I’ve been writing a science fantasy setting (similar to Caves of Qud) where settlements are isolated and trade is sparse. Made me think “what if this world did not develop any currency?” (or just forgot about it over time). So now I’m trying to figure out how to make a barter system work in the game, and at the same time be interesting for the players to interact with.
Do you know any games that have a similar idea (i can only recall Heart that has something like that)? Have you tried it in any of your sessions? Any random thoughts on the topic?
At the moment I have a procedure: when you generate a settlement, it has a resource that they value in trade (can be water, metal, wood etc.). So in a river town, water does not have a lot of trade value, but in the desert village, they will gladly accept it.
Looking forward to any ideas regarding this, and happy holidays
Ah so one thing to think about is that the barter system is largely a myth, and for the most part pre currency economics relies far more on favors and pseudo-credit (also everything Im about to say is going to be not quite entirely accurate as I explain it ) and gift giving, less so than straight exchange of value. Which is fun for a game cause you can milk that for a lot of social dynamics, especially gift giving. Now trading x for x does also happens (especially is someone sets up some consistent exchange) but it sounds like your world has less consistent trade networks so things are probably more ad hoc.
It also seems like an opportunity to build robust social interactions into play. Trying to get an item without currency involves a string of decisions about how to approach the owner and what to offer in exchange, and most of that can serve as set-up for an eventual social skill check.
I’m doing a similar thing in a Cyberpunk-style game where coin exists but isn’t the limiting factor for a LOT of gear. Small stuff can be “owe me a favour” (eg Urban Shadows’ debt system), but big stuff is “well I’ll need you to do this first”.
For Stonetop (village-based pseudo-iron age adventuring), coins are around but there’s no standardized exchange rate and no central government.
PCs can outfit (before an expedition, or retroactively on the fly) by picking from a Inventory insert with items commonly available in their home village. If they want something else, that counts as a “Special Item,” and they have make a check to see if it’s available (10+, it is! 7-9, it is, but…; 6-, no dice).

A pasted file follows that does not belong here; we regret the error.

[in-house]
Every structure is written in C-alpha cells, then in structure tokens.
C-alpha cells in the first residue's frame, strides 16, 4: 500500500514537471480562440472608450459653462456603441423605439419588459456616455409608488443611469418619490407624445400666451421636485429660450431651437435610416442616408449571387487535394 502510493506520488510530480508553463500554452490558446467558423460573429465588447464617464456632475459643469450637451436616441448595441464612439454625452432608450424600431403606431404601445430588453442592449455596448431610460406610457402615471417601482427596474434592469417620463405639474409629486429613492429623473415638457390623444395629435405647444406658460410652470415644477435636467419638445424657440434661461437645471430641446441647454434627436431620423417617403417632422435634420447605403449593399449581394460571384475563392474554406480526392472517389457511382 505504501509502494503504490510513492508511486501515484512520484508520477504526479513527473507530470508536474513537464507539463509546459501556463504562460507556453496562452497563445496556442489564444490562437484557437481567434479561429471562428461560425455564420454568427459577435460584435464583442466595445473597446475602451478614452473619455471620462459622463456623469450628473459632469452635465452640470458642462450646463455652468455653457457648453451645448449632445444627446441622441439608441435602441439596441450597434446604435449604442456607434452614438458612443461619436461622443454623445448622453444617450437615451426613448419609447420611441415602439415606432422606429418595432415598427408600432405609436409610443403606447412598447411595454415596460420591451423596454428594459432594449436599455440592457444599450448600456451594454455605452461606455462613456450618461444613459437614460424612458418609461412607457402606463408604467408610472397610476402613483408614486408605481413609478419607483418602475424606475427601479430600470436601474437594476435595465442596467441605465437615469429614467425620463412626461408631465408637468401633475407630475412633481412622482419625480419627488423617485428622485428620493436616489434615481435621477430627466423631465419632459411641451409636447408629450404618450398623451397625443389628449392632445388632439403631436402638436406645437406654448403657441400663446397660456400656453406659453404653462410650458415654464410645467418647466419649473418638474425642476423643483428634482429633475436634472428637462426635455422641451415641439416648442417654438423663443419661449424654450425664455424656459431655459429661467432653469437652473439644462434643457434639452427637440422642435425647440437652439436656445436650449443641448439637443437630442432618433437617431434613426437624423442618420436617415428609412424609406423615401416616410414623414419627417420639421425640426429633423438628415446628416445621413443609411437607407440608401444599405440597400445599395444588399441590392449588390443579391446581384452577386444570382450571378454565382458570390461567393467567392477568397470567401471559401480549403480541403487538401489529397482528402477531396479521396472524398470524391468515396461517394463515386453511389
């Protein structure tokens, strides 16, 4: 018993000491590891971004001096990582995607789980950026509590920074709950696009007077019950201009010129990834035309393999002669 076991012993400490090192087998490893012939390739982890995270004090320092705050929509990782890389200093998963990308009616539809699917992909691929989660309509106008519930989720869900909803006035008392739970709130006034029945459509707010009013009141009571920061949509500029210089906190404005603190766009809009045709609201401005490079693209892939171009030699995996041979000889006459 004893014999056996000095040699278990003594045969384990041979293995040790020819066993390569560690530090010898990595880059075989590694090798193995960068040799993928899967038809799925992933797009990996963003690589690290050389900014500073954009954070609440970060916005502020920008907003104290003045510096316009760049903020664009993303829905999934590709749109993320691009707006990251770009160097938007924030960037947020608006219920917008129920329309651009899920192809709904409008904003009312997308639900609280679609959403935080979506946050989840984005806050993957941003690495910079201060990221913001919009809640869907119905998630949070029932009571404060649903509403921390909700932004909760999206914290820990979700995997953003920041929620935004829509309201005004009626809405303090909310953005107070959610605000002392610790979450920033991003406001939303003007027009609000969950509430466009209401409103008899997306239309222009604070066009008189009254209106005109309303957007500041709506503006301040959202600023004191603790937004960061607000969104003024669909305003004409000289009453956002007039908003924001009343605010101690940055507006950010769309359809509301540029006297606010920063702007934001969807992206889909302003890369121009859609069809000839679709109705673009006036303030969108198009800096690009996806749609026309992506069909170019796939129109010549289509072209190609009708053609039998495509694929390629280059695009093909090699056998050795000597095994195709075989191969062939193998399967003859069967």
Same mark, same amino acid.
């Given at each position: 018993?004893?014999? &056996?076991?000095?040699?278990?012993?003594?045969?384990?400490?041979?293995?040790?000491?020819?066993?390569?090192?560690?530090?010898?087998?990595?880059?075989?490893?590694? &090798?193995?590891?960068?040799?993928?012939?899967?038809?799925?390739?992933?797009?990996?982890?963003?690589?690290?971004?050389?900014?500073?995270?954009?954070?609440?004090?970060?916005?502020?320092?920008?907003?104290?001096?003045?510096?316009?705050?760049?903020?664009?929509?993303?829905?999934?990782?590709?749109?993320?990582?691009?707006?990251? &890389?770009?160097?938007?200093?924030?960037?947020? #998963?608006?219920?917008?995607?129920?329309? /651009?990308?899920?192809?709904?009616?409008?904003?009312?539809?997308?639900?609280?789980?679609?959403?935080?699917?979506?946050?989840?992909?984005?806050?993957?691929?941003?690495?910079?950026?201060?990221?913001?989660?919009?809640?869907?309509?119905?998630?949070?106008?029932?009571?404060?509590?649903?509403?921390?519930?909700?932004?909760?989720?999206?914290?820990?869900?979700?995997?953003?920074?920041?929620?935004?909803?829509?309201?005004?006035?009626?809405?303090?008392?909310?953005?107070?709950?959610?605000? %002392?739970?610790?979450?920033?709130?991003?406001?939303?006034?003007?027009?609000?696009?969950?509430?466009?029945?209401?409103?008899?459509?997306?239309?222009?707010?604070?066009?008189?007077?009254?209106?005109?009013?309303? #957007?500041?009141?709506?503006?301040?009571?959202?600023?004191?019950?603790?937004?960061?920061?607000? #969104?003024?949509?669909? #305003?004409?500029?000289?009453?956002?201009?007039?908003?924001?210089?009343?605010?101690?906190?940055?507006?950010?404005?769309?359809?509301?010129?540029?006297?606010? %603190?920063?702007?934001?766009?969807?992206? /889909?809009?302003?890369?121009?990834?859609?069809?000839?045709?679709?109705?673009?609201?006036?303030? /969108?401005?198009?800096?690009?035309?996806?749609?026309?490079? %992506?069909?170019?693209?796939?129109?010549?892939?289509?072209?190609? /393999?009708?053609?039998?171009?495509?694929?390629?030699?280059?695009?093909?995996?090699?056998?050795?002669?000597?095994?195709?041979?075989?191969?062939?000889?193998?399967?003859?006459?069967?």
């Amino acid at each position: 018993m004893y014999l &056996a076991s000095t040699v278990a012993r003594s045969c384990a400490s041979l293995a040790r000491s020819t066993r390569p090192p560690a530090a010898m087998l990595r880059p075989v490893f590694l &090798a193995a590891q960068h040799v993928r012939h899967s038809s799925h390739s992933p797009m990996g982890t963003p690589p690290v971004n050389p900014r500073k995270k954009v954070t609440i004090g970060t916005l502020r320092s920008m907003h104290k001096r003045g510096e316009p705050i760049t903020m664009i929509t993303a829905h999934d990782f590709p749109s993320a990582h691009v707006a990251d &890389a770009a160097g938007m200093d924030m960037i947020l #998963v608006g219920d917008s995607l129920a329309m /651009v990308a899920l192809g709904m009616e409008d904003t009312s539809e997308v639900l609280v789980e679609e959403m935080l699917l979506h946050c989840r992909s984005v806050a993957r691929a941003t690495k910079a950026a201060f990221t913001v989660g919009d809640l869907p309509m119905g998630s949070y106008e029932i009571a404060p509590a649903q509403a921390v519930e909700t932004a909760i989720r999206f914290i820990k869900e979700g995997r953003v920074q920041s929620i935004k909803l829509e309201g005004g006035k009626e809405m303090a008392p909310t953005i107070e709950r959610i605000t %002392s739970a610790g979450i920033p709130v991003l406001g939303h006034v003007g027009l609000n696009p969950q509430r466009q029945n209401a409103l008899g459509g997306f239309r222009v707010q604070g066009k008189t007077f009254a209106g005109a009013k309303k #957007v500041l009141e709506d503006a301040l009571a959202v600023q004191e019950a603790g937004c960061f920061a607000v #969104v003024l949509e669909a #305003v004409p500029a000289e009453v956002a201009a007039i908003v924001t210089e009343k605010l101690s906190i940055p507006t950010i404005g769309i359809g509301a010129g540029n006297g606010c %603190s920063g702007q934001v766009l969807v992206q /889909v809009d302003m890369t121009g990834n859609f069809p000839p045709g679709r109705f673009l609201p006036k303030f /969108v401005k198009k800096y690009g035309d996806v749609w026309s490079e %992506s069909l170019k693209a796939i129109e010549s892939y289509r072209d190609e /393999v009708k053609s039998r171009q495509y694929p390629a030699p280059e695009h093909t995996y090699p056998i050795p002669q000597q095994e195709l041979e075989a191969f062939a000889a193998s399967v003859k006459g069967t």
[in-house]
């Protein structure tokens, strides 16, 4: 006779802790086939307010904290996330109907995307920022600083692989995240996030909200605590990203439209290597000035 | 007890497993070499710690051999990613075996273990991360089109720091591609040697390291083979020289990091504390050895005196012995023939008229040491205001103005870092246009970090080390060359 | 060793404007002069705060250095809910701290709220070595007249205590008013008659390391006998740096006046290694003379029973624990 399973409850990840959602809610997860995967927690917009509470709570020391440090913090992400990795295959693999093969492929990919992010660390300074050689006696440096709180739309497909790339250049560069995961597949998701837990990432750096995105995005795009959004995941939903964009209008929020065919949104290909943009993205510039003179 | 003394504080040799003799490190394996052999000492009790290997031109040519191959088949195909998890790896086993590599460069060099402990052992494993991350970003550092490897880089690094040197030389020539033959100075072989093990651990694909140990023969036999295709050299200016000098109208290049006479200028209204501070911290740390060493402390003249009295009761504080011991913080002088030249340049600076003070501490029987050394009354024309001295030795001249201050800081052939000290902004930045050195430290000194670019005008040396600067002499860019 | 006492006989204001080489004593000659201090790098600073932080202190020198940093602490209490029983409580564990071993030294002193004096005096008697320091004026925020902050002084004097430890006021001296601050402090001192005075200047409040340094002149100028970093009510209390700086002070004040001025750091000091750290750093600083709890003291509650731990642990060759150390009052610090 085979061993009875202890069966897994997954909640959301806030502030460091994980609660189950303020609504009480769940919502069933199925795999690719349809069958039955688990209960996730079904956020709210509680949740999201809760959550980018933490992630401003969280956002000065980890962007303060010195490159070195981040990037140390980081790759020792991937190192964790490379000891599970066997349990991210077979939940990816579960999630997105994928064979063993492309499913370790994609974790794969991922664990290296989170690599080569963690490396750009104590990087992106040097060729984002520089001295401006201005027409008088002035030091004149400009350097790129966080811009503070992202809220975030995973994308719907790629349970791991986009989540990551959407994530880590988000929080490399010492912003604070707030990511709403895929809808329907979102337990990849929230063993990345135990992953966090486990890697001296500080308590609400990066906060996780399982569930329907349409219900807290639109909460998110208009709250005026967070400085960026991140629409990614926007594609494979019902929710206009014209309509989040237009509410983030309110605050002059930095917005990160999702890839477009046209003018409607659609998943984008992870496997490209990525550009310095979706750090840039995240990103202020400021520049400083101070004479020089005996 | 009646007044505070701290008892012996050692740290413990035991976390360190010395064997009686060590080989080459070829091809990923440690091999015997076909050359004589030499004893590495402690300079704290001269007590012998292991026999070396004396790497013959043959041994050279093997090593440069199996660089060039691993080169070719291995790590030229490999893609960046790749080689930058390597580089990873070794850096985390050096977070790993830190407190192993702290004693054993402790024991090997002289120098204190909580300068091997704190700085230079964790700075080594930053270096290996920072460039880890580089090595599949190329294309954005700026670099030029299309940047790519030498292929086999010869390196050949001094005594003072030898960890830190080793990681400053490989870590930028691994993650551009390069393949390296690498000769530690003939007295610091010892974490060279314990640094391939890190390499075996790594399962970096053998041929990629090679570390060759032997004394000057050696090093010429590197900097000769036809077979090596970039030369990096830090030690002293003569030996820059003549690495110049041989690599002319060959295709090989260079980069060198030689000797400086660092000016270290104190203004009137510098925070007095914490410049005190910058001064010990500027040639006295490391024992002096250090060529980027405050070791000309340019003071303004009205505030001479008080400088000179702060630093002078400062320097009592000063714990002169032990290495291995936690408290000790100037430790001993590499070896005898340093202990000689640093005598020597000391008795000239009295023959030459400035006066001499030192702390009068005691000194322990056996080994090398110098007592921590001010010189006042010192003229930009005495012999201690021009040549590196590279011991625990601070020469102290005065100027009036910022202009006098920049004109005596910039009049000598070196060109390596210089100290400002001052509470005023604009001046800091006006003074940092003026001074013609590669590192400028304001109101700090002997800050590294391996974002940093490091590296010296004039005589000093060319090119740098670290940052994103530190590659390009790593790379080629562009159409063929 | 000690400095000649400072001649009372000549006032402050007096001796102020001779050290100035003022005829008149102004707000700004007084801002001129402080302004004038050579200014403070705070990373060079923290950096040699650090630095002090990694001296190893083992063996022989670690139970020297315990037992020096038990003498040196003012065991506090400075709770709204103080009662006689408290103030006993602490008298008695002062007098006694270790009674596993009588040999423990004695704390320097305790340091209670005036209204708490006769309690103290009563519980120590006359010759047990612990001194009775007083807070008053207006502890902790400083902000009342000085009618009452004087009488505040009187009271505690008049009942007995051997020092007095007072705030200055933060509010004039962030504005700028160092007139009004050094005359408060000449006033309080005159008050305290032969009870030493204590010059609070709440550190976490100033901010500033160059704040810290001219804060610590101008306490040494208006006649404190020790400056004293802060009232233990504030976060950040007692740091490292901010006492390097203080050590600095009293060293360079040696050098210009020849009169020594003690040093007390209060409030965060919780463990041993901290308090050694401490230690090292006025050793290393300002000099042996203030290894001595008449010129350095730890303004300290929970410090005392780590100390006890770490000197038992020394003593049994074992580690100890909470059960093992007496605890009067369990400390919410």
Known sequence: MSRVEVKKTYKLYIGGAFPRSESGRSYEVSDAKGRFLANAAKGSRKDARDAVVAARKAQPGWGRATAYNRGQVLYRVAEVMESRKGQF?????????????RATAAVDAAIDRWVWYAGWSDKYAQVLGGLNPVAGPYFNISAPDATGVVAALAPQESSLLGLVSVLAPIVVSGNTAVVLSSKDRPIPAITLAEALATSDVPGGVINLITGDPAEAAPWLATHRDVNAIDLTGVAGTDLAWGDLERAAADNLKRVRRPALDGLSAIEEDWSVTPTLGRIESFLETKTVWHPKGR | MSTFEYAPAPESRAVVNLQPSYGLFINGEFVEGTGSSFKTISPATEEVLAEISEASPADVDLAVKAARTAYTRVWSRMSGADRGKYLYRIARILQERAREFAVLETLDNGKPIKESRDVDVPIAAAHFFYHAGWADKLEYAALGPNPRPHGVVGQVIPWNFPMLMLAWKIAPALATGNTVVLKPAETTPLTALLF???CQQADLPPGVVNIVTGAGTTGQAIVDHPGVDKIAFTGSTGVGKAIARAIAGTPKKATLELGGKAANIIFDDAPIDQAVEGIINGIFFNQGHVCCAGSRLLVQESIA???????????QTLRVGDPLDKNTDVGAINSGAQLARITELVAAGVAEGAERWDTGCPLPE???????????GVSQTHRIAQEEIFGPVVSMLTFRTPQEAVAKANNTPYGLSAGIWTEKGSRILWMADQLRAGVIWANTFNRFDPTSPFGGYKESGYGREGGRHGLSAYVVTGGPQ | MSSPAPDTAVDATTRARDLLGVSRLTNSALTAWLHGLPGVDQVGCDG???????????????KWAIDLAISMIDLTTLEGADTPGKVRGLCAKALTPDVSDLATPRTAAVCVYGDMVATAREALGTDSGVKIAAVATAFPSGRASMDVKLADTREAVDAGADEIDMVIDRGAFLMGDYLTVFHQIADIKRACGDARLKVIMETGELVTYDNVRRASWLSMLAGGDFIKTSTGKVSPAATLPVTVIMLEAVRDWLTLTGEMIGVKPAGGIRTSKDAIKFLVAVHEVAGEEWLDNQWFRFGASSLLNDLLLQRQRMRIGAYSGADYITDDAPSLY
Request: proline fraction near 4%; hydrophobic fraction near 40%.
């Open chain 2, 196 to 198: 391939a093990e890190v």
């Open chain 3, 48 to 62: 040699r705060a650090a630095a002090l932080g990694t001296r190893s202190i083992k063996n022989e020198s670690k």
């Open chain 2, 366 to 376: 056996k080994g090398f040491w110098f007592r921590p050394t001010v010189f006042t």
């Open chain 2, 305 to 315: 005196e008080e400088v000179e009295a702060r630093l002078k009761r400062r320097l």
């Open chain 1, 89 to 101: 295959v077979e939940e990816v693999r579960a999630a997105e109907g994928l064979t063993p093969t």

Items and services are assigned a Value, but the Value is more of a logrithmic scale than linear scale. E.g. a single Value 2 item (like a cartload of grain) is worth maybe 5-10 Value 1 items (e.g. a good sword, a bronze lantern, some good iron tools).
Within a given Value rating, items might be traded 1:1, 2:1, 3:1 etc based on local supply and demand. E.g. a firkin of Stonetop whiskey is Value 1, and so is a pouch of salt. But salt is imported, so you might expect to have to trade 2 or even 3 firkins of whisky for that pouch of salt. Whereas if you took that firkin to the next town over, you might be able to trade it for 2 or 3 pouches of salt.
As the home base’s prosperity increases, so do the quality of goods that the PCs can outfit with. And so do the chances of a special item being available.
Vaults of Vaarn uses the slot based inventory from Knave and makes use of a barter system. Typically trade is per slot on a 1:1 ratio. VoV prices things using the Water Standard, where items are listed by the cost of a daily ration (contains food and water).
Really looking forward to what you are doing with your Qud inspired rpg, I am sure there is a lot of crossover content with VoV.
yeah, Vaults of Vaarn is big inspiration! I enjoy the simplicity of it, but looking to add some extra consideration for the players (like having a certain reputation level before being trustworthy enough for trade, having the right goods for trade etc.)
From a game design viewpoint it may be quite hard to remove “currency” for trade from a game without removing trade (purchasing equipment, selling stuff, even finding valuable but not useful treasure) itself.
It’s of course possible to have a game about something other then collecting valuables: heroism, survival, relationships … but presumably even then a lot of the time you’ll want a “currency” to track player success (reputation levels or days of food say).
Alternatively, you might encourage settings and individual adventures where there are unique trade goods that are worth more in place X then in place Y, but even then, what’s the metric for tracking if a deal is good or bad? Presumably your players aren’t really seeking to become say the horse trader with the biggest herd. Universal currency is popular in rpgs as a holdover from D&D’s XP = GP recovered rule where it serves a dual in game purpose of buying things and as the meta-currency for advancement. I think its hard to keep any meta currency aspect if you break down a universal value, but more I suspect it adds considerable complexity.
Adding verisimilitude almost always adds complexity, and often for little result.
I’d focus on what you want to achieve with a barter and trade good system. How much space will it take in game, how important is it, does it displace other mechanics? I think it might be cool to building a trading and travel game, but setting goals might be hard. How does the player decide or know that they need to get 144 horses or 9 cart loads of royal honey?
A few questions that I think might help you figure out what you’re looking for here:
What is the focus of gameplay you hope for? Do you expect the players to spend a lot of time looking for resources in order to trade for stuff they want? Or do you expect this to be a side thing that they only engage with occasionally?
Do you care whether the players engage in barter, or is it enough for the characters to do it in fiction? How abstract are you interested in barter being?
In terms of other games that engage mechanically with barter.
Heart: You mentioned it in OP, and it’s true that it is a game where you trade objects, sort of. Each object has a die value (d4, d6, d8, etc…) and you trade value for value, so you have an abstract currency to measure relative value, no actual bartering takes place. Each resource is somewhat unique, with its own tags and uses, and resources can be used for all kinds of things in game, but you can’t trade a d4 resource for a d8 resource with an NPC. Still, it’s a way to abstract value in game
The various different editions of apocalypse world have different ways to abstract barter, it’s worth checking those out.
Any game that has a really abstract resource/purchasing system can be flavored as barter. Burning Wheel’s resources system, for example, can easily be flavored as barter.